Too many companies focus on buying and implementing technology without understanding that in order for the investment to pay off, the companies’ leaders first need to instill a corporate culture with core values that will sustain and optimize the improvements that the technology is meant to yield.
That was my key takeaway from a recent interview with Steven L. Blue, CEO of Miller Ingenuity, a manufacturer of components for the railroad industry in Winona, Minn., and author of “American Manufacturing 2.0: What Went Wrong and How to Make It Right.” Blue is a manufacturing guy, not an IT guy, but that’s beside the point. His perspective on technology is spot on.
“These CEOs want to go out and spend $1 million on [technology] and smart factories, and they want to put that on a work force that can’t wait to get to the bowling alley,” he said. “They’ve got it backwards — smart manufacturing shouldn’t start at the top, it should start at the bottom. Smart manufacturing is all about people, not machines.”
Most CEOs want to be able to check off a box, move on to the next deal, and be done with it, Blue said. What they’re missing are the fundamentals of any organization — how they build their culture, and how they treat their people.
“I’ve got an IoT factory, and I’ve got smart manufacturing and all that good stuff, but that’s not where we started,” Blue said. “We started with the fundamentals of building a strong culture, and then we moved on to that other stuff. You can’t have one without the other — you’ve got to have both. Why buy $1 million worth of technology, and put a guy in front of it who couldn’t care less?”
Blue cited the Wells Fargo scandal to drive home his point.
“There’s a cultural cesspool in a lot of companies today,” he said. “Thank you, Wells Fargo, for giving me a perfect example of it. Two of their core values were ethics and doing right by the customer. That was bullshit — those were bumper-sticker values. The real value was, get the money at any cost.”
Blue has come up with seven steps to help companies focus on values first, and I felt they were well worth sharing here:
- Understand the values your organization currently has. Some, perhaps all, of the values may be perfectly appropriate. Some may not be. But remember, the underlying values are probably different from the bumper sticker values. Conduct an anonymous survey of every single employee and ask them. Don’t make this a human resources exercise. It has to come right from the top to be taken seriously.
- Once you know the underlying values of the organization, decide which ones are worth keeping, nourishing and promoting, and which ones need to be discarded. And then you and your senior leadership team can decide which new values need to be implemented. This is not a slogan exercise. It is a gut-wrenching, soul-searching mission. Which values should you choose? It will be different in every company, but you should choose values that drive organizational behavior toward remarkable outcomes. Don’t choose values that sound cool in the C-suite, but stupid to employees. Choose values that everyone in the organization can get behind and feel good about. Sound like a tough job? It is. The last time I did this it took a year.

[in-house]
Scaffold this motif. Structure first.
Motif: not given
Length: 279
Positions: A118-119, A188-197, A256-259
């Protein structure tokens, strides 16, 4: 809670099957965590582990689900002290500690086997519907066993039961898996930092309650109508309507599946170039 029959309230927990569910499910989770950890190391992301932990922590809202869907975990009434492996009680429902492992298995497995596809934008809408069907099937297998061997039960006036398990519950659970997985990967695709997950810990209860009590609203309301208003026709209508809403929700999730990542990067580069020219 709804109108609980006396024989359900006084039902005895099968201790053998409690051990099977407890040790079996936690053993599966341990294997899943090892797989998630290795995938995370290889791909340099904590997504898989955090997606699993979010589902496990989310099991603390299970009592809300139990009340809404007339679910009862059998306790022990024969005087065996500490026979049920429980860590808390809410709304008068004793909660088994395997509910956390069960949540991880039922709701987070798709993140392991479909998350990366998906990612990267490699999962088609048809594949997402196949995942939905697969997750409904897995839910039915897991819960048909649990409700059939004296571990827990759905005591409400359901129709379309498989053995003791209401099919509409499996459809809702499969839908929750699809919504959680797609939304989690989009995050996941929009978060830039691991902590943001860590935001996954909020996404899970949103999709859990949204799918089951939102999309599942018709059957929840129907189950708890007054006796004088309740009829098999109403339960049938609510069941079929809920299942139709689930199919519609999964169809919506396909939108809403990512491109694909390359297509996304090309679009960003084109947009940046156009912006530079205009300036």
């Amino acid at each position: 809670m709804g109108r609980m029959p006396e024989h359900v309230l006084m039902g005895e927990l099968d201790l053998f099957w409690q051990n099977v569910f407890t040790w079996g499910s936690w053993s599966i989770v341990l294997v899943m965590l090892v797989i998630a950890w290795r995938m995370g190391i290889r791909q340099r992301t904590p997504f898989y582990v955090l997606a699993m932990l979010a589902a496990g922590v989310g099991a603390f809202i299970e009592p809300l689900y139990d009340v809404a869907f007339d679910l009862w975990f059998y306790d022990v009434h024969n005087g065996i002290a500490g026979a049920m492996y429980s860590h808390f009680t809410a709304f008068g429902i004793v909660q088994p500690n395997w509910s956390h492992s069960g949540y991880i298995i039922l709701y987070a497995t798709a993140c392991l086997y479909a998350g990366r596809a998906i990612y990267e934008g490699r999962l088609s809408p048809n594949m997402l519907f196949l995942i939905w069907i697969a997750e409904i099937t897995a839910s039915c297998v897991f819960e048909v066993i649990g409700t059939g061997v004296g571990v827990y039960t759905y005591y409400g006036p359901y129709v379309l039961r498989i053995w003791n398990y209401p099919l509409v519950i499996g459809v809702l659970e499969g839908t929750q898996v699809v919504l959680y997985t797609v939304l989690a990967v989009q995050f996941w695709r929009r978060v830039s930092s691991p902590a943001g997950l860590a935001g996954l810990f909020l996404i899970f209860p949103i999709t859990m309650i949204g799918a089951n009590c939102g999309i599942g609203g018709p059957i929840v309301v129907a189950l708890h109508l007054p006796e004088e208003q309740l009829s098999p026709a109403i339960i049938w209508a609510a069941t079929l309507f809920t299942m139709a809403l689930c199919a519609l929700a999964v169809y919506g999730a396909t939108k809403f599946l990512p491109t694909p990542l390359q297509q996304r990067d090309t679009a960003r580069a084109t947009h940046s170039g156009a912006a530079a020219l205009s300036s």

- Declare to the organization the new values that have been chosen, and why. If you have chosen well, people will applaud you when you tell them. If you have chosen poorly, you’ll be a water cooler joke. Be very deliberate and comprehensive when you announce the new values. Explain completely what each value means, why it was chosen, and what you expect from employees in terms of behavior to support the values.
- Now comes the most crucial part: You must be certain your senior executives live these values day by day. You can’t expect people from below to do what the top does not. Some of your executives won’t go along with the new values. Ask them to leave the company. Yes, you read that right. One loose cannon on the values ship can scuttle the whole effort.
- Align all organization policies and practices to support the new values. Make them part of performance appraisals, standards for promotions, and compensation increases. Don’t let this become a “check the box to keep human resources happy” exercise.
- Once the values are firmly entrenched, don’t let anybody in the front door that doesn’t believe in them. Do a “values check” as part of the interview process.
- Finally, this has to be a CEO initiative, or it will fail. Think of this as a strategic culture plan, requiring years to execute, not months. And give it the same time, importance, attention, and resources as you do the strategic operating plan.
A contributing writer on IT management and career topics with IT Business Edge since 2009, Don Tennant began his technology journalism career in 1990 in Hong Kong, where he served as editor of the Hong Kong edition of Computerworld. After returning to the U.S. in 2000, he became Editor in Chief of the U.S. edition of Computerworld, and later assumed the editorial directorship of Computerworld and InfoWorld. Don was presented with the 2007 Timothy White Award for Editorial Integrity by American Business Media, and he is a recipient of the Jesse H. Neal National Business Journalism Award for editorial excellence in news coverage. Follow him on Twitter @dontennant.